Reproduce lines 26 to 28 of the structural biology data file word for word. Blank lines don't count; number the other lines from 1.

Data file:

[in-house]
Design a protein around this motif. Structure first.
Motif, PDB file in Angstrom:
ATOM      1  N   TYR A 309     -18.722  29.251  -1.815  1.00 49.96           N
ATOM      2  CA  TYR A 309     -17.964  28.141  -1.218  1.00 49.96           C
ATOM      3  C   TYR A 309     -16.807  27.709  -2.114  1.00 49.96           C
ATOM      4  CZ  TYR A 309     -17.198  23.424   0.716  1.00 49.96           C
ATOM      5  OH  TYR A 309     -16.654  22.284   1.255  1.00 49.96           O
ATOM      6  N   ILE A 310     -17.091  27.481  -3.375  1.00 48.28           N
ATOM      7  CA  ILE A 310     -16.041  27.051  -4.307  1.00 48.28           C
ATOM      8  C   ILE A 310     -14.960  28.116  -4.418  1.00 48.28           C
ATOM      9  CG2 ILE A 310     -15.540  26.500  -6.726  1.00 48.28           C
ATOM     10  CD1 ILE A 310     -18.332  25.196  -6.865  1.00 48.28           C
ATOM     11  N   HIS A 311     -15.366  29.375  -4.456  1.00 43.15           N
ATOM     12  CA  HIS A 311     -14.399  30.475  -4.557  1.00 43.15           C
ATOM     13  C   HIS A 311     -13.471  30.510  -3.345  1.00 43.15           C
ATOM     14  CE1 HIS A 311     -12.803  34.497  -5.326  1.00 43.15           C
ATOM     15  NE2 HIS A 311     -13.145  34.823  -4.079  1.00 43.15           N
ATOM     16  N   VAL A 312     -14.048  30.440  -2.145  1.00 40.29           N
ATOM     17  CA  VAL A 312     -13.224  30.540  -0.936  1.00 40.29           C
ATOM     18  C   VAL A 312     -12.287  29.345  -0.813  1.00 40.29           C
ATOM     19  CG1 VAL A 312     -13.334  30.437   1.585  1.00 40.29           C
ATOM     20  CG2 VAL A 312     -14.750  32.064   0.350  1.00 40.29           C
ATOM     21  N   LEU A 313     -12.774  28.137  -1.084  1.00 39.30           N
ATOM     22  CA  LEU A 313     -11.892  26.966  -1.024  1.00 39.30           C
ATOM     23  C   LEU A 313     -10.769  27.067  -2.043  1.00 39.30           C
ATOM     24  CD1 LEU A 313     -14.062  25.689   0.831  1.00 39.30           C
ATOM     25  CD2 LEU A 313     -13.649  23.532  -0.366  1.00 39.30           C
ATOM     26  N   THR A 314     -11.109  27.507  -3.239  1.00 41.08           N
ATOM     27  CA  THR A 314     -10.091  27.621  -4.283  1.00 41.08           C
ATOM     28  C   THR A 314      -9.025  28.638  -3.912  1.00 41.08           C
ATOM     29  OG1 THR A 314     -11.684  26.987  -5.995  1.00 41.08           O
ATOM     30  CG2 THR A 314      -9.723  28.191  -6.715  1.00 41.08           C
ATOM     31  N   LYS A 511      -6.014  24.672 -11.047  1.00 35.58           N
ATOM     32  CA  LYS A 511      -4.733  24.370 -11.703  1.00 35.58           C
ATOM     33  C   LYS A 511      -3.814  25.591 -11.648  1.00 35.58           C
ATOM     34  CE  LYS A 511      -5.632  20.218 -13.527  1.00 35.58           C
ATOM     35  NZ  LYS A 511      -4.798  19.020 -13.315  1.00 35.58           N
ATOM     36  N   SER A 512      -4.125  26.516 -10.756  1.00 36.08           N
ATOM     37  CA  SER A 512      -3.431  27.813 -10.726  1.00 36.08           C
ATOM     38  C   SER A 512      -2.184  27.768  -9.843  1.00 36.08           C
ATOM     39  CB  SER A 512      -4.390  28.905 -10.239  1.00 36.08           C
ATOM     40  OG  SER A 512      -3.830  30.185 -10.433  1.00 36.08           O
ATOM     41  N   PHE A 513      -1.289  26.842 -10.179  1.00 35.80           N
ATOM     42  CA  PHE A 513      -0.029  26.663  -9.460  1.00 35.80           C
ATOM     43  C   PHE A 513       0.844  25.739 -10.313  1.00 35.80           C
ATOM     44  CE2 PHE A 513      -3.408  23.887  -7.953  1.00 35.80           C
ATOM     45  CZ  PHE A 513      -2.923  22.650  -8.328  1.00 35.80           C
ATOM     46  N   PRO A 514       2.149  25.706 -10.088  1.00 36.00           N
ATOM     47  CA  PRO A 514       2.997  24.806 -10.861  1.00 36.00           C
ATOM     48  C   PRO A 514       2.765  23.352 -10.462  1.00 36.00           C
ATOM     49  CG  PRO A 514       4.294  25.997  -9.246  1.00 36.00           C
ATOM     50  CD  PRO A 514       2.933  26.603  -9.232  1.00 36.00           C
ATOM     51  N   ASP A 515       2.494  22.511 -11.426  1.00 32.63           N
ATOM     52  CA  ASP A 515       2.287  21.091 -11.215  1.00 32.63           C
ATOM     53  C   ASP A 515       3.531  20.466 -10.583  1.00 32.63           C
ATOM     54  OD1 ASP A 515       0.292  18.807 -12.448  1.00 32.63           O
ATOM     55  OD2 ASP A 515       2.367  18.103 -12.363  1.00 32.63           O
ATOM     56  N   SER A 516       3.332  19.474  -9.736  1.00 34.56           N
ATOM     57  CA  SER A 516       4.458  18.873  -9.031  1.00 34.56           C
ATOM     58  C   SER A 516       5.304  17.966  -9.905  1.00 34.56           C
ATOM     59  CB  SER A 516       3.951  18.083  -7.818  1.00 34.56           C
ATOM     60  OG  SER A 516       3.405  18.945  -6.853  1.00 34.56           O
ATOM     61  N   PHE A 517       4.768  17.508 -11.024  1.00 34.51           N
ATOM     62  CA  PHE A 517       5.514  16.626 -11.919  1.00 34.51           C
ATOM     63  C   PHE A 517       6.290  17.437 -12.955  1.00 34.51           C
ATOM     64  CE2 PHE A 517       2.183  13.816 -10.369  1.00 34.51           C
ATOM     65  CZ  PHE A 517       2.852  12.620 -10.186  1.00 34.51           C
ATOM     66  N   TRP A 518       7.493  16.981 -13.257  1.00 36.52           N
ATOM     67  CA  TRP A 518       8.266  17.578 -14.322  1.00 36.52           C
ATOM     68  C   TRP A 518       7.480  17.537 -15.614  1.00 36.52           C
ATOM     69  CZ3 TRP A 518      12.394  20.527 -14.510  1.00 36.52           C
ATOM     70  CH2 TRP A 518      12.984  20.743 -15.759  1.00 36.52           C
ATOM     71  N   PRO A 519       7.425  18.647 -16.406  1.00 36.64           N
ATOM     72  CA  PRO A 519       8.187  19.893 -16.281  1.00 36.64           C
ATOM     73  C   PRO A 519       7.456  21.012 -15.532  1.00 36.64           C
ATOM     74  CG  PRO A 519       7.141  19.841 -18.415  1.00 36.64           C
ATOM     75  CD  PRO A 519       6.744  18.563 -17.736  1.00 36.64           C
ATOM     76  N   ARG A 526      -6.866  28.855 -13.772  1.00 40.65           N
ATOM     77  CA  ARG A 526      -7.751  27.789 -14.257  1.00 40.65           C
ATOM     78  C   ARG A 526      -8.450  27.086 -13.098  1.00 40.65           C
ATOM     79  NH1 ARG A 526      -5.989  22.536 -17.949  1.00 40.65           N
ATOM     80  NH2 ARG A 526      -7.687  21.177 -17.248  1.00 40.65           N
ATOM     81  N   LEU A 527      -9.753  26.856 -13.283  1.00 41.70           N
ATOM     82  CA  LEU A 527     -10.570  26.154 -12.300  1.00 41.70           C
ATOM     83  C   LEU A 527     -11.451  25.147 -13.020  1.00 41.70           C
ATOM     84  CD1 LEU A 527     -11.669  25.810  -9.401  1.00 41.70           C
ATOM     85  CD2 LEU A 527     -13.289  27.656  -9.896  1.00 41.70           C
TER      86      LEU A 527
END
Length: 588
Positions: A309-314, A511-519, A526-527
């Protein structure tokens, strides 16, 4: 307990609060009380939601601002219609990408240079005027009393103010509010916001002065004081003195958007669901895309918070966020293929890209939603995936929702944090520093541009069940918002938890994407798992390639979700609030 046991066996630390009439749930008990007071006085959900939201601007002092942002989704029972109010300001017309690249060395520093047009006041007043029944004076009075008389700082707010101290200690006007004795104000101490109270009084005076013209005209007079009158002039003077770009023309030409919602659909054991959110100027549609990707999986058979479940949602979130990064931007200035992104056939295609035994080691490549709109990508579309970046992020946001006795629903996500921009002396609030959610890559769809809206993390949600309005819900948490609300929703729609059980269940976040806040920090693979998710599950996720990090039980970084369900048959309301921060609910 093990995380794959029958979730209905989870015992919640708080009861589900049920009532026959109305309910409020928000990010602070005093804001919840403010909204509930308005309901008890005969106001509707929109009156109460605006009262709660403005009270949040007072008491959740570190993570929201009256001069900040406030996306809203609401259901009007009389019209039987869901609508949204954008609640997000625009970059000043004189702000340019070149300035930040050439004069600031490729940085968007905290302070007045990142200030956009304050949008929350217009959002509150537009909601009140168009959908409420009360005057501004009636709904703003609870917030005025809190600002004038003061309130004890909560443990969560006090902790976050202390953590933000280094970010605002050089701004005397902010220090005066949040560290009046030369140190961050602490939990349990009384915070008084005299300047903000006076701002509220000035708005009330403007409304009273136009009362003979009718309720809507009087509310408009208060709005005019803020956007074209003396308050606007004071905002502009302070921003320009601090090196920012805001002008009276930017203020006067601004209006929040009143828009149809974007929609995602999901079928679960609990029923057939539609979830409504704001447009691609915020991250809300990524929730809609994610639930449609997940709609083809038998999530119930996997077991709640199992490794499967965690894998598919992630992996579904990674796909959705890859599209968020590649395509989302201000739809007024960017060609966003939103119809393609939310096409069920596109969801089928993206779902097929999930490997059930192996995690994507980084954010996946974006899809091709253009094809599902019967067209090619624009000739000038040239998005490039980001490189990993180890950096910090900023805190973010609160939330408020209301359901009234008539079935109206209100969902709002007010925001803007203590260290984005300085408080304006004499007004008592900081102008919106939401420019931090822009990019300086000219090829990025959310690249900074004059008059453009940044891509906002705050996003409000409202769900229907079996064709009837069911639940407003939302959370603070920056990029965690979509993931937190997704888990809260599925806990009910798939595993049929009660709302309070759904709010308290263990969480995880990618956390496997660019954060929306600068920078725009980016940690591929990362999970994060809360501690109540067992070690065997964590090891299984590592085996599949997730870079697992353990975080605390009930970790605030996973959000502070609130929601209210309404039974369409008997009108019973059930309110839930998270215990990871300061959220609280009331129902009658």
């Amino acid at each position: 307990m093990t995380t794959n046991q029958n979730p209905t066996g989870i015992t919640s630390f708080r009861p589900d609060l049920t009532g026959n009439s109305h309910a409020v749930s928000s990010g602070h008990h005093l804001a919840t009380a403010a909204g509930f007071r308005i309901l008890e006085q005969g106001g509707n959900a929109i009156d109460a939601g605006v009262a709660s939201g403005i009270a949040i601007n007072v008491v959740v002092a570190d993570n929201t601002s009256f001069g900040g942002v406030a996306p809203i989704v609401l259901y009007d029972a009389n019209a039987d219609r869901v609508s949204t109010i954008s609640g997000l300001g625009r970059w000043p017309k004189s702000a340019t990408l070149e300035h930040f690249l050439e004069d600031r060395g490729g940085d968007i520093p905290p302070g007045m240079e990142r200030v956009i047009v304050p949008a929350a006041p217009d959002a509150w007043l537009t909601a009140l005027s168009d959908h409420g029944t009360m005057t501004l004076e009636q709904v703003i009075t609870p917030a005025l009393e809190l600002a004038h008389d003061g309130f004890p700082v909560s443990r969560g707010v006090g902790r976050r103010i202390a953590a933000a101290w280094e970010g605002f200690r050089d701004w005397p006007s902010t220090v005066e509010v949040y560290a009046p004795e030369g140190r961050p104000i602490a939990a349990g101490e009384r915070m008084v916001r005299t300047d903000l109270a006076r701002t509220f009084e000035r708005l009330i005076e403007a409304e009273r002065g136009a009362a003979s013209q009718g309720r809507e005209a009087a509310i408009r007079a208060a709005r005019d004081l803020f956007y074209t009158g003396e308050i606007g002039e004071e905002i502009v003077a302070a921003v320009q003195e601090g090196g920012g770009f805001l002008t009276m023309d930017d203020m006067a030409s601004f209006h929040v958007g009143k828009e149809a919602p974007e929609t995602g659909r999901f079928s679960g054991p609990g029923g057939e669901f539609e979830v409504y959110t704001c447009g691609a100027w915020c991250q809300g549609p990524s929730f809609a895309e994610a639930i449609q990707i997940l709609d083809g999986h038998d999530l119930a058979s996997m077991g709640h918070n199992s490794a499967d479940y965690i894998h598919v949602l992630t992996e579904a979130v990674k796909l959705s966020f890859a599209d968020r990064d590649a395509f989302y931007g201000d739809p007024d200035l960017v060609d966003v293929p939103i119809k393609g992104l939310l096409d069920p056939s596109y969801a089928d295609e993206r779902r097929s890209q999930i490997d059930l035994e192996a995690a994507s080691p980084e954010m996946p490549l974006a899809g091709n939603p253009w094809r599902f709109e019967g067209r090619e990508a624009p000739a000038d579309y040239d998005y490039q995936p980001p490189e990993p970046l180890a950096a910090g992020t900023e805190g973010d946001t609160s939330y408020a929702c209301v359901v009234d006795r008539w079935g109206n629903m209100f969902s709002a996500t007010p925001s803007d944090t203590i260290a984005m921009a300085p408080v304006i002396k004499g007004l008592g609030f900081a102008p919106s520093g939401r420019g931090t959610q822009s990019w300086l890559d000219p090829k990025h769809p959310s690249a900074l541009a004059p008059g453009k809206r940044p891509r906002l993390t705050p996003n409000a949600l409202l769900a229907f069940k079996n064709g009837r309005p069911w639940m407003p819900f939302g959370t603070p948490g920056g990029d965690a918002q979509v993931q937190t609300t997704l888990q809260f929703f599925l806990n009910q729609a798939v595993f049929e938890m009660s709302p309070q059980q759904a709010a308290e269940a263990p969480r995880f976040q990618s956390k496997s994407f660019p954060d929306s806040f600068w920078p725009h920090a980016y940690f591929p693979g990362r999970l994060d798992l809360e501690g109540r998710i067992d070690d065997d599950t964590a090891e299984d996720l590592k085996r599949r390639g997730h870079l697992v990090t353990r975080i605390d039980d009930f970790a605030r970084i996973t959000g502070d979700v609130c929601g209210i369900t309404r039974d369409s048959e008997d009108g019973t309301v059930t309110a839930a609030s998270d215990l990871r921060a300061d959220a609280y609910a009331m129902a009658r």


ATOM     23  C   LEU A 313     -10.769  27.067  -2.043  1.00 39.30           C
ATOM     24  CD1 LEU A 313     -14.062  25.689   0.831  1.00 39.30           C
ATOM     25  CD2 LEU A 313     -13.649  23.532  -0.366  1.00 39.30           C